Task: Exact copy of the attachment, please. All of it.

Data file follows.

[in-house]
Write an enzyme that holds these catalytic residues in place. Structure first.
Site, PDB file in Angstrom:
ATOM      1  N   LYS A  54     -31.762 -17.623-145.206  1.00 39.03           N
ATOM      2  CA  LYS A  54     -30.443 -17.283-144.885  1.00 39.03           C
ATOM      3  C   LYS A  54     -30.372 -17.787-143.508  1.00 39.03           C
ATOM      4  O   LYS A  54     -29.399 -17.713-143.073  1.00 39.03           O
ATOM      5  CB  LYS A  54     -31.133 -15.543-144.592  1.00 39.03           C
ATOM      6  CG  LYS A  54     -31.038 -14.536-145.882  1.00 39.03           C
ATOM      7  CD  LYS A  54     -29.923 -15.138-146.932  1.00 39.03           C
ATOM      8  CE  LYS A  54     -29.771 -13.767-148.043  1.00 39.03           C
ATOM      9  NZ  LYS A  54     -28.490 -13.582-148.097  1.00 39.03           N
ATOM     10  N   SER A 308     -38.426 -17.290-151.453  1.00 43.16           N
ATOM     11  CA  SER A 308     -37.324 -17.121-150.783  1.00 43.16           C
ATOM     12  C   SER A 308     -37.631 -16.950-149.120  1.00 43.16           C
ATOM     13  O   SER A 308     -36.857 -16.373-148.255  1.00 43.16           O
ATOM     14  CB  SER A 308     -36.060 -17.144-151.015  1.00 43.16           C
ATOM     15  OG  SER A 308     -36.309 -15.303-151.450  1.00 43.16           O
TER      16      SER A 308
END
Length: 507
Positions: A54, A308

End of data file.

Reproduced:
[in-house]
Write an enzyme that holds these catalytic residues in place. Structure first.
Site, PDB file in Angstrom:
ATOM      1  N   LYS A  54     -31.762 -17.623-145.206  1.00 39.03           N
ATOM      2  CA  LYS A  54     -30.443 -17.283-144.885  1.00 39.03           C
ATOM      3  C   LYS A  54     -30.372 -17.787-143.508  1.00 39.03           C
ATOM      4  O   LYS A  54     -29.399 -17.713-143.073  1.00 39.03           O
ATOM      5  CB  LYS A  54     -31.133 -15.543-144.592  1.00 39.03           C
ATOM      6  CG  LYS A  54     -31.038 -14.536-145.882  1.00 39.03           C
ATOM      7  CD  LYS A  54     -29.923 -15.138-146.932  1.00 39.03           C
ATOM      8  CE  LYS A  54     -29.771 -13.767-148.043  1.00 39.03           C
ATOM      9  NZ  LYS A  54     -28.490 -13.582-148.097  1.00 39.03           N
ATOM     10  N   SER A 308     -38.426 -17.290-151.453  1.00 43.16           N
ATOM     11  CA  SER A 308     -37.324 -17.121-150.783  1.00 43.16           C
ATOM     12  C   SER A 308     -37.631 -16.950-149.120  1.00 43.16           C
ATOM     13  O   SER A 308     -36.857 -16.373-148.255  1.00 43.16           O
ATOM     14  CB  SER A 308     -36.060 -17.144-151.015  1.00 43.16           C
ATOM     15  OG  SER A 308     -36.309 -15.303-151.450  1.00 43.16           O
TER      16      SER A 308
END
Length: 507
Positions: A54, A308